But has the Union in its various stages of negotiations bargained in good faith and thus exhausted the statutory remedies in fact as well as within the framework of the statutory requirements?
In Virginian Railway Co. v. System Federation, Etc., 300 U.S. 515, 81 L. Ed. 789, 57 S. Ct. 592 (1937) Justice Stone commented on this duty under the Railway Labor Act as follows:
"... The statute does not undertake to compel agreement between the employer and employees, but it does command those preliminary steps without which no agreement can be reached. It at least requires the employer to meet and confer with the authorized representatives of its employees,..., to enter into a negotiation for the settlement of labor disputes such as is contemplated by § 2, First." at 548. Also, NLRB v. Insurance Agents' International Union, AFL-CIO, 361 U.S. 477, 485, 4 L. Ed. 2d 454, 80 S. Ct. 419 (1960).
In Atlantic Coast Line Railroad Co., et al. v. Brotherhood of Railroad Trainmen, 262 F. Supp. 177, 183 (D.D.C. 1967) Judge Holtzoff stated that good faith bargaining suggests
"... an obligation to negotiate genuinely and sincerely with the aim of amicably settling the differences between the parties and concluding an agreement. It is not sufficient to appear at a conference or a meeting with the other party and to submit an offer, or to make a demand, and yet to decline to argue its merits, or to refuse to entertain or discuss a counter-proposal. It is not a genuine negotiation to indicate that the other party has no choice except to accept the offer or accede to the demand. The service of an ultimatum does not constitute a negotiation."
But, as our Court of Appeals has noted,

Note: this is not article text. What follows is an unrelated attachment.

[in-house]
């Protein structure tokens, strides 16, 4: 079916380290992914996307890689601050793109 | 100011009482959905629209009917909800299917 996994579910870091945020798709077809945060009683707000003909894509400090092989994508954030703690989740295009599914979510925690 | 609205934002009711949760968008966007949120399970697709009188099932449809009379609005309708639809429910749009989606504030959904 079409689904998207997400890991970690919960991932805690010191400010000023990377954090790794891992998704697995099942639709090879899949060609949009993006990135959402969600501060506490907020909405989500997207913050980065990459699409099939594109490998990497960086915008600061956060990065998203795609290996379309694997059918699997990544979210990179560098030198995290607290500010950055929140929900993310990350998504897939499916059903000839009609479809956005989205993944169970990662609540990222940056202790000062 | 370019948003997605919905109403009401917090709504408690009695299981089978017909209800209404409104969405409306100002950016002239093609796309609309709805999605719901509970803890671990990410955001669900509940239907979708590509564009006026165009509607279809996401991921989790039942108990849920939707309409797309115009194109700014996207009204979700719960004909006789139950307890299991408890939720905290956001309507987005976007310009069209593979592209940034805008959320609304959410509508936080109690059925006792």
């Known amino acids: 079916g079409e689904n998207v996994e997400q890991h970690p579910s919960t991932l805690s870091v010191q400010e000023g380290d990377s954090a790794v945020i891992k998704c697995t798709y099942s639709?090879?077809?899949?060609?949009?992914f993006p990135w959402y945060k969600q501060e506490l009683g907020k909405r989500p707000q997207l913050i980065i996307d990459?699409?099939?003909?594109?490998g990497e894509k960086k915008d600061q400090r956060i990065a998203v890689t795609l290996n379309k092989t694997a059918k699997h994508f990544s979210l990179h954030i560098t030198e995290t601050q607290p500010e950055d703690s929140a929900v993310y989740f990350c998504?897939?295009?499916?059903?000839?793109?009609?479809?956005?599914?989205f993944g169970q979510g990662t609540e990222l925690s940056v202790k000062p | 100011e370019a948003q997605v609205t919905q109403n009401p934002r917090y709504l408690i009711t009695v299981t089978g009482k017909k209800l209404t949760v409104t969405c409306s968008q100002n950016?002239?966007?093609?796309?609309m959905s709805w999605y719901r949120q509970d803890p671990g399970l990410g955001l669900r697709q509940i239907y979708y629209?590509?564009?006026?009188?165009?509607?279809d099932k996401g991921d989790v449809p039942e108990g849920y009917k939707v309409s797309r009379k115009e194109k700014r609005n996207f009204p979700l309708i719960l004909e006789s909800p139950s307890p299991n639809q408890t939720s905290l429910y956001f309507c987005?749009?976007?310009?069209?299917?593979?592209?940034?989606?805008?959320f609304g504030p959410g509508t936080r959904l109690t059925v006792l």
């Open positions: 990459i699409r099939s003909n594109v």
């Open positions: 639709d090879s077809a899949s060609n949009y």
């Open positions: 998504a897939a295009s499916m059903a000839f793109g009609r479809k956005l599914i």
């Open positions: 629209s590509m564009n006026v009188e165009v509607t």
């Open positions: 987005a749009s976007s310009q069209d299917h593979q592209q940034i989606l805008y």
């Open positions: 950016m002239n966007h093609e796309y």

"The procedures of the Act are purposefully long and drawn out to afford maximum inducement to peaceful settlement, but the Act does not require efforts clearly at war with reality." Brotherhood of Railroad Trainmen v. Atlantic Coast Line Railroad Company, et al., 127 U.S. App. D.C. 298, 302, 383 F.2d 225, 229 (1967), cert. denied 389 U.S. 1047, 19 L. Ed. 2d 839, 88 S. Ct. 790 (1968).
Upon a review of the entire record in this proceeding within the framework of the relevant case law, the Court finds no facts presented upon which it could conclude or infer that the Union has not bargained in good faith. In fact, it is the carriers who arguably have a vested interest in further delay since the results of Arbitration Award 282 remain in effect until changed by contract or in accordance with statutory procedures. Brotherhood of Railroad Trainmen v. Akron & Barberton Belt Railroad Co., supra.11
The carriers' thesis that previous national handling of labor disputes precludes the Union's resort to selective strikes finds no support in either the history of labor-management disputes in the railroad industry, the RLA, or appellate case law.
During the past twenty years the predecessor union, the BLF&E, and other railroad operating unions have on numerous occasions exercised the right to individual and selective strikes even though the basic dispute giving rise to the strike had been and was at the time the subject of national handling.
In early 1950, the identical issue underlying this proceeding, the extent to which diesel locomotives should be manned with firemen, gave rise to a selective strike by the BLF&E. At that time, the procedures of the Act had been exhausted through national handling by the parties without success. That union, then representing the firemen, resorted to a strike against only eight of the nation's carriers participating in negotiations.